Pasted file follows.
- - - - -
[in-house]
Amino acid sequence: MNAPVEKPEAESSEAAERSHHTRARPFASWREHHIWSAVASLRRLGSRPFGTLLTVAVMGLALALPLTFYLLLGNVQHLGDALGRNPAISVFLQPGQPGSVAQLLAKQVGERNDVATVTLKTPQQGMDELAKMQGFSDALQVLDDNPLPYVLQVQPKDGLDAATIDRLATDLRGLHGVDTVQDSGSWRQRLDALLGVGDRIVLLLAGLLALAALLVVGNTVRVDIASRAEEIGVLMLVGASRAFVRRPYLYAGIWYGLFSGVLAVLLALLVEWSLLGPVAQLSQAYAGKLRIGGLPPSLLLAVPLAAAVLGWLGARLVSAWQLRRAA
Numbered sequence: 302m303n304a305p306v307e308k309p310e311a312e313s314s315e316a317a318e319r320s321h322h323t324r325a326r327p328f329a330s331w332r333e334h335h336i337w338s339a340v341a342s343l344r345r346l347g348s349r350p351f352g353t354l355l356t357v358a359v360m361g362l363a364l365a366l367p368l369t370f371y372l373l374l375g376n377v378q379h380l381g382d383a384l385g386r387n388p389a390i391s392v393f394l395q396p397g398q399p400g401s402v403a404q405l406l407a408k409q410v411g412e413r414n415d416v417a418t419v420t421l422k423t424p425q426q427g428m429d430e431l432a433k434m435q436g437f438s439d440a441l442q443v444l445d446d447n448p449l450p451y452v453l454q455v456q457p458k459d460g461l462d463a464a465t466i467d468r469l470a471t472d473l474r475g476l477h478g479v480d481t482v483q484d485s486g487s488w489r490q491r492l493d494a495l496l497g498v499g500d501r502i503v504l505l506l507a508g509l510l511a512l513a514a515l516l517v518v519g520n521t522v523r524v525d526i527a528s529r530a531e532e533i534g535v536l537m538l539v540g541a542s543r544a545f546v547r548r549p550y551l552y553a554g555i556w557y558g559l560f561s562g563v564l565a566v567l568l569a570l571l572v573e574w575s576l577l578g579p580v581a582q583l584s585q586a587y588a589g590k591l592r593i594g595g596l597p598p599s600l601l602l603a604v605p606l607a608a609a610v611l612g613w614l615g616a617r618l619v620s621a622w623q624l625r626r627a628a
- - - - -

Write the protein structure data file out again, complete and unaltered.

[in-house]
Amino acid sequence: MNAPVEKPEAESSEAAERSHHTRARPFASWREHHIWSAVASLRRLGSRPFGTLLTVAVMGLALALPLTFYLLLGNVQHLGDALGRNPAISVFLQPGQPGSVAQLLAKQVGERNDVATVTLKTPQQGMDELAKMQGFSDALQVLDDNPLPYVLQVQPKDGLDAATIDRLATDLRGLHGVDTVQDSGSWRQRLDALLGVGDRIVLLLAGLLALAALLVVGNTVRVDIASRAEEIGVLMLVGASRAFVRRPYLYAGIWYGLFSGVLAVLLALLVEWSLLGPVAQLSQAYAGKLRIGGLPPSLLLAVPLAAAVLGWLGARLVSAWQLRRAA
Numbered sequence: 302m303n304a305p306v307e308k309p310e311a312e313s314s315e316a317a318e319r320s321h322h323t324r325a326r327p328f329a330s331w332r333e334h335h336i337w338s339a340v341a342s343l344r345r346l347g348s349r350p351f352g353t354l355l356t357v358a359v360m361g362l363a364l365a366l367p368l369t370f371y372l373l374l375g376n377v378q379h380l381g382d383a384l385g386r387n388p389a390i391s392v393f394l395q396p397g398q399p400g401s402v403a404q405l406l407a408k409q410v411g412e413r414n415d416v417a418t419v420t421l422k423t424p425q426q427g428m429d430e431l432a433k434m435q436g437f438s439d440a441l442q443v444l445d446d447n448p449l450p451y452v453l454q455v456q457p458k459d460g461l462d463a464a465t466i467d468r469l470a471t472d473l474r475g476l477h478g479v480d481t482v483q484d485s486g487s488w489r490q491r492l493d494a495l496l497g498v499g500d501r502i503v504l505l506l507a508g509l510l511a512l513a514a515l516l517v518v519g520n521t522v523r524v525d526i527a528s529r530a531e532e533i534g535v536l537m538l539v540g541a542s543r544a545f546v547r548r549p550y551l552y553a554g555i556w557y558g559l560f561s562g563v564l565a566v567l568l569a570l571l572v573e574w575s576l577l578g579p580v581a582q583l584s585q586a587y588a589g590k591l592r593i594g595g596l597p598p599s600l601l602l603a604v605p606l607a608a609a610v611l612g613w614l615g616a617r618l619v620s621a622w623q624l625r626r627a628a